Wednesday, June 13, 2007

Forget Moleskin

I once knew a guy whose mom accidentally “threw out his novel,” which he later revealed had been scribbled on a pile of post-it notes. Idiot! I thought, but perhaps his writing method wasn’t so ridiculous.

Plenty of writers have preceded him. Borges, an obsessive-compulsive, wrote on accounting paper. Hemingway drafted on napkins. Famously, Jack Kerouac wrote On the Road on one continuous scroll, and Abraham Lincoln scrawled The Gettysburg Address on the back of an envelope in a train car. What is it about humble materials that can produce great writing?

An old boyfriend once gave me a beautiful leather-bound blank book. “Oooh,” I’d said, and reached for it as I might a newborn child. It was from Italy. It smelled good. The pages were thick as cotton, cut rough around the edges, and I kept opening and closing the binding to hear it crack. Finally: an appropriate receptacle for my literary genius.

Weeks passed. “You’re not writing in the book,” said the boyfriend. “Go away,” I said. “I am too.” The truth was I had hidden it in a drawer. Was it possible to be scared of a pretty stack of paper?

Days later I pulled open the drawer and laid the book on my desk. I watched it. Then I spent several minutes selecting the best variety of pen— perhaps a ballpoint, or a blue felt tip. The luxury of the whole thing, the expectations of it, stalled me. Like an antique arm chair lined in velvet and silk, it was a beautiful thing to behold-- but you’d never want to use it.

The best stories, I often think, begin on napkins and in the margins of receipts. Not because that image is somehow more struggling or romantic, but because it more closely follows the distraction of one’s own writing ideas. If a story is going well, you may continue “writing” it while in the shower, or while falling asleep, or while pulling carrots from the garbage disposal. In such moments, who has time to find their leather-bound beauty? Scrawl it on your hand and keep pulling.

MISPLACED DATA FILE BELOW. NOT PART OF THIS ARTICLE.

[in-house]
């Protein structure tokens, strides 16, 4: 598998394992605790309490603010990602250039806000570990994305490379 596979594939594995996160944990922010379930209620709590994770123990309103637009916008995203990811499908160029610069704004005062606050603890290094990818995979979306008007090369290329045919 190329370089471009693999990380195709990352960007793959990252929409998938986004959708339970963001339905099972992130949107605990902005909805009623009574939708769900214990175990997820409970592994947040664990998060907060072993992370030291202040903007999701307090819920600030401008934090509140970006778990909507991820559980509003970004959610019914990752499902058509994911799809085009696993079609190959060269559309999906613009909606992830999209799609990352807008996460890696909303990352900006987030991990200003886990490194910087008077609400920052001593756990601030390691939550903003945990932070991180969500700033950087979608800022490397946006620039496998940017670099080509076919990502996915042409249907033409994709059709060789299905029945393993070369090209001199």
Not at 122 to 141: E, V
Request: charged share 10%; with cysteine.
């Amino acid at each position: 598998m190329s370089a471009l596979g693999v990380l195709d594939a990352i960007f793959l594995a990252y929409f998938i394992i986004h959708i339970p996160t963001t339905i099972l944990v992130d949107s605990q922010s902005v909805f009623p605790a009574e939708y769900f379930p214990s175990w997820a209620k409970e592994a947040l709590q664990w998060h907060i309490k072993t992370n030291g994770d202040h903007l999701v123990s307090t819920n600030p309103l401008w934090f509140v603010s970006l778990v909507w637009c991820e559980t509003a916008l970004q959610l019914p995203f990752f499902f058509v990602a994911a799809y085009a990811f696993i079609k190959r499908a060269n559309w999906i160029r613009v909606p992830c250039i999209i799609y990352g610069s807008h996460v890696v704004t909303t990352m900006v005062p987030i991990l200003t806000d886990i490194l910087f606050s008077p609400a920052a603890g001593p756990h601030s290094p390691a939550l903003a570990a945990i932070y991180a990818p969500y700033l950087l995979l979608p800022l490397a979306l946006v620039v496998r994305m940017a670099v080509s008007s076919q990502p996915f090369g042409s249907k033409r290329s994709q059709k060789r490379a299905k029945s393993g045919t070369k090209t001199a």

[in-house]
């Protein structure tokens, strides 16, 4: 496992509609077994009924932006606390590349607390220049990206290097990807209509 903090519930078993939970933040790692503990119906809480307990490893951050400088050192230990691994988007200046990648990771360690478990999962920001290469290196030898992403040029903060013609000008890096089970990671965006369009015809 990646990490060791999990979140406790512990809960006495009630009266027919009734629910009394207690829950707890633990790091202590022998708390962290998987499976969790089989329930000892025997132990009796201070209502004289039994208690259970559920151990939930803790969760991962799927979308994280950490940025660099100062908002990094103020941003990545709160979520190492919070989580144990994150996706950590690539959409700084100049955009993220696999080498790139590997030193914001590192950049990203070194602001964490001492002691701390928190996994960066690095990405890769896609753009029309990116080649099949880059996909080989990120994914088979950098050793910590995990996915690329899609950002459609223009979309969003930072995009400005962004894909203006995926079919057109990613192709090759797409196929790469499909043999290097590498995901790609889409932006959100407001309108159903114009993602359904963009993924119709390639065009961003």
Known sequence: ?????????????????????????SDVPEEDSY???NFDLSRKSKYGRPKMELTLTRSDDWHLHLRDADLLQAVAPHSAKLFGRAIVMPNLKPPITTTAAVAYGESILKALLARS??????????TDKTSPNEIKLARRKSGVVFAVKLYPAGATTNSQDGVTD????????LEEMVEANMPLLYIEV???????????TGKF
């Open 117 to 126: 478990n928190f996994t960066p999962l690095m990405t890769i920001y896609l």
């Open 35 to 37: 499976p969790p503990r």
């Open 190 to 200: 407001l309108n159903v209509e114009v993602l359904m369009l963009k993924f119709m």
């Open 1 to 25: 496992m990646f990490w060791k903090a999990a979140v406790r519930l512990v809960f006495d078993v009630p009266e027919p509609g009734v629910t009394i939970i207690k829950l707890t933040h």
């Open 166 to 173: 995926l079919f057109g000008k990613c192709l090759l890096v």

But more importantly, makeshift materials and beaten-up desks may better serve the goals of writing itself. If a writer’s job is to discover the odd details of life, to find what’s unlikely and unique and surprising— then it helps to be in such settings yourself. If your writing life is too comfortable, if it's not gritty enough, you may find yourself losing the intrigue that spawns stories in the first place. Or, I should say, I do.

So forget moleskin, and fountain pens crafted by French artisans. Artists need something to work against. They need friction. Embrace your dank basement desk, your crumpled legal pad, and your “studio time” on the city bus. Your means are not predictable— and your writing won’t be, either.

~Sonya Larson


The Writers' Group said...

Sonya, this is a testament to your skills as a writer! Carrots? Friction? Such vivid detail and your voice is captivating. I'm more intrigued than ever to read your novel. Write faster. Please.


Trish Ryan said...

Gay Talese describes his painstaking writing process in his autobiography. Honestly, given how LONG his books are and how much he wrestles with each word, it's nothing short of a miracle he gets anything written at all. But he does. I guess that's kind of a miracle for all of us who write :)

Sue said...

Sonya, I really love this post.

I used to write words on my hand, just so I wouldn't forget them. Then, when people started to notice, I resorted to train tickets. Even if I carry a notebook, it stays surprisingly blank!

Crystallyn said...

I really do love moleskin though...I just love the way the paper feels when you write on it. Plus they aren't actually "pretty" so they don't freak me out as much. :) I too have a gorgeous Italian book that I've barely written in!

I'm all over the place with my notes, half of them in a variety of notebooks, half of them in online notebooks. I also tend to write a lot of notes but never go back to them...but I think that the simple act of getting down words is half the battle.

Great post.

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